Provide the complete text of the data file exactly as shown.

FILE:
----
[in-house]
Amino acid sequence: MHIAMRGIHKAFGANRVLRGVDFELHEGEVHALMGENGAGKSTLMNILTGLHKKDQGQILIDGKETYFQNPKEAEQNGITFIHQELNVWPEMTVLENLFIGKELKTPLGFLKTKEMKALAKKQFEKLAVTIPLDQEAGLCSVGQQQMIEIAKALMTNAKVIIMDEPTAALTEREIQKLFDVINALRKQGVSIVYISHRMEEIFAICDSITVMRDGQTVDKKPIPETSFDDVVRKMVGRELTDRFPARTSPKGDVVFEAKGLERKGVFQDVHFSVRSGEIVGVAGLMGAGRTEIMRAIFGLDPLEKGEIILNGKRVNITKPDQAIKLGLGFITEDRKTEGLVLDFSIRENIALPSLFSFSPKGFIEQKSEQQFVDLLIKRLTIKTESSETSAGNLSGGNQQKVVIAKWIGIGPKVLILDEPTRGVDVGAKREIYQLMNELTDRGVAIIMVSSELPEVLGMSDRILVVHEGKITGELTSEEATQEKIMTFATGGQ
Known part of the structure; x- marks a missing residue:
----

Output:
[in-house]
Amino acid sequence: MHIAMRGIHKAFGANRVLRGVDFELHEGEVHALMGENGAGKSTLMNILTGLHKKDQGQILIDGKETYFQNPKEAEQNGITFIHQELNVWPEMTVLENLFIGKELKTPLGFLKTKEMKALAKKQFEKLAVTIPLDQEAGLCSVGQQQMIEIAKALMTNAKVIIMDEPTAALTEREIQKLFDVINALRKQGVSIVYISHRMEEIFAICDSITVMRDGQTVDKKPIPETSFDDVVRKMVGRELTDRFPARTSPKGDVVFEAKGLERKGVFQDVHFSVRSGEIVGVAGLMGAGRTEIMRAIFGLDPLEKGEIILNGKRVNITKPDQAIKLGLGFITEDRKTEGLVLDFSIRENIALPSLFSFSPKGFIEQKSEQQFVDLLIKRLTIKTESSETSAGNLSGGNQQKVVIAKWIGIGPKVLILDEPTRGVDVGAKREIYQLMNELTDRGVAIIMVSSELPEVLGMSDRILVVHEGKITGELTSEEATQEKIMTFATGGQ
Known part of the structure; x- marks a missing residue: